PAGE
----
Her Campus Logo Her Campus Logo
The opinions expressed in this article are the writer’s own and do not reflect the views of Her Campus.
This article is written by a student writer from the Her Campus at SLU chapter.

For the last two decades of my life, I have held on closely to this fear of being judged so tightly that I have mistaken it for being a warm hug. I hung onto words of affirmation from others the way a baby grips onto one’s finger. I didn’t allow myself to make decisions until someone else suggested it first. My mind would twist questions like “Are you going out with us this weekend?” into “We’re only asking because we feel like we have to,” within the snap of a finger. Every time I asked a friend to hangout I would immediately assume that the friend thinks hanging out with me is like pulling teeth, when that wasn’t the truth!

In what is currently a viral TikTok soundbite, over hundreds of thousands of TikTok users use a clip of Kris Jenner saying “What would happen if you just called Taylor up?” to relate to how our parents ask us to do bizarre things– like asking the cute waiter for his phone number while they are actively providing dinner service for you and your family.

I’m starting to think that what seems to be an outlandish suggestion could become my new philosophy. Sometimes, that outlandish advice can lead to the best outcome. Maybe you have a friend that always persuades you to make outrageous or out of character decisions. Maybe you are that friend. Or maybe, in the midst of trying to decide whether or not you’re going along with tonight’s scheme: you can’t help but think of how other people will think of you! The fear of being judged or even perceived by others: my number one enemy. 

When we live in fear of how others look at us, we end up taking the path of least resistance and making the most passive decisions in order to feel a sense of safety and security. For my “Hamilton” fans: talk less, smile more, that’s been my philosophy! 

During my first week of freshman year at Saint Louis University, I made my first of many brave decisions to venture out of my comfort zone despite only wanting to call my mom and lay in bed. On-campus first-year students move into their residence halls a week early in order to experience Fall Welcome. An entire campus of just freshmen running amok. Doesn’t that sound like heaven? 

With my highschool friends attending universities from Denver to South Carolina, I had no support system at SLU. But instead of letting that fear paralyze and tuck my body into bed for a stress nap, I felt empowered to say hi to everyone I could. No one knew me! No one cared what friend group I ran around with in high school, no one cared about how good my grades were and no one cared that I waved at someone who actually wasn’t waving to me by accident. In that week, I had asked myself to be brave.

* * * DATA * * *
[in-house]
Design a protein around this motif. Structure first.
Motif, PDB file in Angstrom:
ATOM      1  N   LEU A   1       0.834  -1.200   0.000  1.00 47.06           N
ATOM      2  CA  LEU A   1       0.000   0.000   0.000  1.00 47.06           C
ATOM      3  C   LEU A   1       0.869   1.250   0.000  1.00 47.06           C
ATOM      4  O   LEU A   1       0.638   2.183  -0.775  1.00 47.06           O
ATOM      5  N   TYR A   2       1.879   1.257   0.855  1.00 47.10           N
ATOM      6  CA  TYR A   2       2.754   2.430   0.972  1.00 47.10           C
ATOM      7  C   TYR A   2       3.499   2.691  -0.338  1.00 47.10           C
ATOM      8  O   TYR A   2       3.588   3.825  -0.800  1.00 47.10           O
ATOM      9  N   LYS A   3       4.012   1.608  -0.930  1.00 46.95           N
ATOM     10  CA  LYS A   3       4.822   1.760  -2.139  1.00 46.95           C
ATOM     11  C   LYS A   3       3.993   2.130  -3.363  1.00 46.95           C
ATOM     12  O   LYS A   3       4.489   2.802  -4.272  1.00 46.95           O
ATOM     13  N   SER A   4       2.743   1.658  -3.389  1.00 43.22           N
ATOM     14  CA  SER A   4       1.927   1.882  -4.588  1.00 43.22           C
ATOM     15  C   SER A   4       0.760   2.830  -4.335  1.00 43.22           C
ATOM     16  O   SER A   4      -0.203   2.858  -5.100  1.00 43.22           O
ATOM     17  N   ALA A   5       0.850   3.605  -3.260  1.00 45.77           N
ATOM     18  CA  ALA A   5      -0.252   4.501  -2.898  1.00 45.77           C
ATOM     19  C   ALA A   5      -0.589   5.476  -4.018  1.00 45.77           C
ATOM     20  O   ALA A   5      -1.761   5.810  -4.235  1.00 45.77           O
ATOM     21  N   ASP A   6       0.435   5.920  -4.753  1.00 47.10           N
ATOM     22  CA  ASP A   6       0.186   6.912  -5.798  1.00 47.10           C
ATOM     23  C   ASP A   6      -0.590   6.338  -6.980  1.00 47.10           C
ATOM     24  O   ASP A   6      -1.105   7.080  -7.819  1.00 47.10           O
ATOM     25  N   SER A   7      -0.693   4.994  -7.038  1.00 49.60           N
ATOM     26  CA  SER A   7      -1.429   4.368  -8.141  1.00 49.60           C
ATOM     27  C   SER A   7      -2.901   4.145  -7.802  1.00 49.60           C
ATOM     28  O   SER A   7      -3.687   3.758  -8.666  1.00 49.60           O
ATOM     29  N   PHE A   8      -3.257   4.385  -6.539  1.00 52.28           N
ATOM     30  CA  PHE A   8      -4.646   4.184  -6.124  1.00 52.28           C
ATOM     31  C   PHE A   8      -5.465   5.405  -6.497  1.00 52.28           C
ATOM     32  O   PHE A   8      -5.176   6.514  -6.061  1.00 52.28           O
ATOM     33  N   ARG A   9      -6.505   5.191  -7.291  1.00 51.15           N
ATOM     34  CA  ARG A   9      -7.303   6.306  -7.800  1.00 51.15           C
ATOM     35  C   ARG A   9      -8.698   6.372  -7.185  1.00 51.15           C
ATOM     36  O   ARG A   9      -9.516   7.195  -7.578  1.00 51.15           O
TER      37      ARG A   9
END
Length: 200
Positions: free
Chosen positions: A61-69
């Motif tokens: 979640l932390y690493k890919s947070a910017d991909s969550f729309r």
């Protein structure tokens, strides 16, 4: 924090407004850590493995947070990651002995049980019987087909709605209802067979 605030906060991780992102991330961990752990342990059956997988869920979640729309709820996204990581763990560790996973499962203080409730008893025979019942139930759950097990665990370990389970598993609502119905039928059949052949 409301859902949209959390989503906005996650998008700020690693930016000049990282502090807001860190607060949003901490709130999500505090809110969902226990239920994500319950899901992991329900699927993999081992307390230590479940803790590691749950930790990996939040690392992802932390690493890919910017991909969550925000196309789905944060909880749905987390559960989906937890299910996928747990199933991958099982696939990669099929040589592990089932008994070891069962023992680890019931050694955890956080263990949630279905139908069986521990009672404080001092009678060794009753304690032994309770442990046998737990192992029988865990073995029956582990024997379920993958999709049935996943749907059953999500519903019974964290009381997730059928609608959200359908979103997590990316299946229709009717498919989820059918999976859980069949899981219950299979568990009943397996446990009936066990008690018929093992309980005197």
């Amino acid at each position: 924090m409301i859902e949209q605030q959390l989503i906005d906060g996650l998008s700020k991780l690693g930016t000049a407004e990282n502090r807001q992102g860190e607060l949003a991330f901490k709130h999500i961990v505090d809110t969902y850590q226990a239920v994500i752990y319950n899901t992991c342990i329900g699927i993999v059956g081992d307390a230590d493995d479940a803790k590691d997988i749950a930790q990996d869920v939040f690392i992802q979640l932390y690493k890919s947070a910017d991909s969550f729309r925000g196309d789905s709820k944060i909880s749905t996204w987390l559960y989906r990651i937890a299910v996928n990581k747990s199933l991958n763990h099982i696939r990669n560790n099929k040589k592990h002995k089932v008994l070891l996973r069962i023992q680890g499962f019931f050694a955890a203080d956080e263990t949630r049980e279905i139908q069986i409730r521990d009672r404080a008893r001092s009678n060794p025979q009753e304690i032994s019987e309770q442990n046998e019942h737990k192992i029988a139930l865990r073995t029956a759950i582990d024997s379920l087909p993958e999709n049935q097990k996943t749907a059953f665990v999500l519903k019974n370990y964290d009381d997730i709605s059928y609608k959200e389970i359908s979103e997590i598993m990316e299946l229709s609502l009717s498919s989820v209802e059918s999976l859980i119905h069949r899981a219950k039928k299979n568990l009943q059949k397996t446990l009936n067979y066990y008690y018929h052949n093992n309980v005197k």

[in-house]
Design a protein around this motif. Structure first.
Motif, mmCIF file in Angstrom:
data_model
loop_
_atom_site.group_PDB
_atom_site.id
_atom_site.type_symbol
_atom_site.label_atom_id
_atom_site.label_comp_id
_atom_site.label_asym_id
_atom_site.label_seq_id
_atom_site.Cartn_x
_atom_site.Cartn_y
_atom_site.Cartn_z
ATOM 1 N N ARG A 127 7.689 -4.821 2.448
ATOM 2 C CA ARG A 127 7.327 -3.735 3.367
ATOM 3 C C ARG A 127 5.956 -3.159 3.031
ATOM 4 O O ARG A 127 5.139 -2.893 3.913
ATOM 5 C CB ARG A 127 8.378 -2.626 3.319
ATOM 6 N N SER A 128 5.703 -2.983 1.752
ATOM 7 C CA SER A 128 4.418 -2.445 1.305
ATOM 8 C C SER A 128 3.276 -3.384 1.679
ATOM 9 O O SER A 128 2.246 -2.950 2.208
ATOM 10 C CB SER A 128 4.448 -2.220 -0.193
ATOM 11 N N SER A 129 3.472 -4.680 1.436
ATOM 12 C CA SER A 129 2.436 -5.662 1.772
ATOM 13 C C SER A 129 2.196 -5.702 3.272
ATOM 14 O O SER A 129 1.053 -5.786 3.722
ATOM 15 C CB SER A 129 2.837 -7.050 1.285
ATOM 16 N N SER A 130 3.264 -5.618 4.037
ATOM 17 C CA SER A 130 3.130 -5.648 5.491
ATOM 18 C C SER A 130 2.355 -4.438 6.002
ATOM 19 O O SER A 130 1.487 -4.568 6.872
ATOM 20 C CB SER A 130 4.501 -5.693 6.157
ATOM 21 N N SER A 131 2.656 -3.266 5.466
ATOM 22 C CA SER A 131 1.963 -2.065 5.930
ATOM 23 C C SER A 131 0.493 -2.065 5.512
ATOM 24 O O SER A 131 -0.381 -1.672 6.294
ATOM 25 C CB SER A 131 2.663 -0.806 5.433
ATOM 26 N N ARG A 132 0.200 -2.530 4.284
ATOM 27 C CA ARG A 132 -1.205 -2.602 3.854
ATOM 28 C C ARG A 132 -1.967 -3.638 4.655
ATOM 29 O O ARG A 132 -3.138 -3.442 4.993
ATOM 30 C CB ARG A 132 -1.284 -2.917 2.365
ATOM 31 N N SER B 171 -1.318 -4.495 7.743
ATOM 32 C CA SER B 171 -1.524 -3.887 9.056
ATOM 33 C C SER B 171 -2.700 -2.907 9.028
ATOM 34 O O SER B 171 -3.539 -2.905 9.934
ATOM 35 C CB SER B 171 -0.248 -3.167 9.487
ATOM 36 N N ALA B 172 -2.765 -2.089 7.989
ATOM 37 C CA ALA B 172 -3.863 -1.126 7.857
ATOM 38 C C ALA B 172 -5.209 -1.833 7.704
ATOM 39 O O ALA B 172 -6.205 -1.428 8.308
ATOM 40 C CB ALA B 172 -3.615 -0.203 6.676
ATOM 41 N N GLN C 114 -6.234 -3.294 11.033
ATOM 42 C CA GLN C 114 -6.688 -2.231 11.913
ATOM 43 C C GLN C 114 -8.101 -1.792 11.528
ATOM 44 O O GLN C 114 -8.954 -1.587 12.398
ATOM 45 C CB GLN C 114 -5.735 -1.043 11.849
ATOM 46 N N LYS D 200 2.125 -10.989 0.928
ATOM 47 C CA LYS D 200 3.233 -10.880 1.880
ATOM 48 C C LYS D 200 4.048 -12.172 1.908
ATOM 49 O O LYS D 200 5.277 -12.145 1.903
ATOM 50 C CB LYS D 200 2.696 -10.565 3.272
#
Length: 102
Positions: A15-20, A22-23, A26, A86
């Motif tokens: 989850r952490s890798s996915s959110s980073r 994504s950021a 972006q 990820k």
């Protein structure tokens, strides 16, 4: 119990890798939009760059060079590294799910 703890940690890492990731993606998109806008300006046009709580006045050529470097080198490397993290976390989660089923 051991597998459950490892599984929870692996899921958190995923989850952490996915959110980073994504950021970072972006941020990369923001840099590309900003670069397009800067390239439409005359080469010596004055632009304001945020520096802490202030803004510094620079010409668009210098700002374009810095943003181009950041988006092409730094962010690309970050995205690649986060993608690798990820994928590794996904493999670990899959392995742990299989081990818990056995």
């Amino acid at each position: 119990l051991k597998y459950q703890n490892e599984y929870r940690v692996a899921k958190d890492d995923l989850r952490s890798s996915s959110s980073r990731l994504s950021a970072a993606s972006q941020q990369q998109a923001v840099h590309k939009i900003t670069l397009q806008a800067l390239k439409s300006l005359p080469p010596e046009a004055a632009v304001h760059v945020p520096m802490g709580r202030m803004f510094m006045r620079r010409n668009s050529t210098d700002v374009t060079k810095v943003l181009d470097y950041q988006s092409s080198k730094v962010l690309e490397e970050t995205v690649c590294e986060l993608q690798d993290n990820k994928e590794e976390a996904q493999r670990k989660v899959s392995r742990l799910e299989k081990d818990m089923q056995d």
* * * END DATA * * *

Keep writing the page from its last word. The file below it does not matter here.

No one else had to tell me that I should be brave. I was the only one eye-to-eye with my fear of being judged. What if you just do it? Say hello to strangers, make plans with a classmate, push myself out of my comfort zone: these were all things I decided to say Who cares? to. I asked myself to be brave then, and I still ask myself today to be brave now.

Laugh, instead of grimacing, after saying “you too!” when the flight attendant says “enjoy your vacation!” and shake the weight of “What if someone is judging me?” off. Maybe even think about asking for the waiter’s number – mom has a point!

The more decisions I made with a “Who cares?” rationale, the less I cared about what other people thought of me. I think the hardest lesson in life is accepting that you can’t please everyone. I’m still in the process of learning that people can and do love me for who I am, not who I want them to think I am.

In this modern age of social media, where one’s business is everyone else’s business, I remind you that your truth and peace comes first. You are free from who you were five years ago and  you’re even free from who you were yesterday! I have made some terrible decisions, but that does not define me. I have accomplished amazing goals but that alone does not define me either. It’s so important to live in the moment and focus on the present. Make one out-of-character decision at a time. Call Taylor up: you can eat by yourself at restaurants and you can totally tear up the dance floor with the girls you met five minutes ago in the bathroom! 

Maybe I won’t always listen to my mom when she tells me to talk to a boy who looks like he could be around my age at the airport. But I will ask myself to be brave, one out-of-character decision at a time.

HC Writer at Saint Louis University. I like coffee crawls, buying books I'll never read, and Sunday mornings!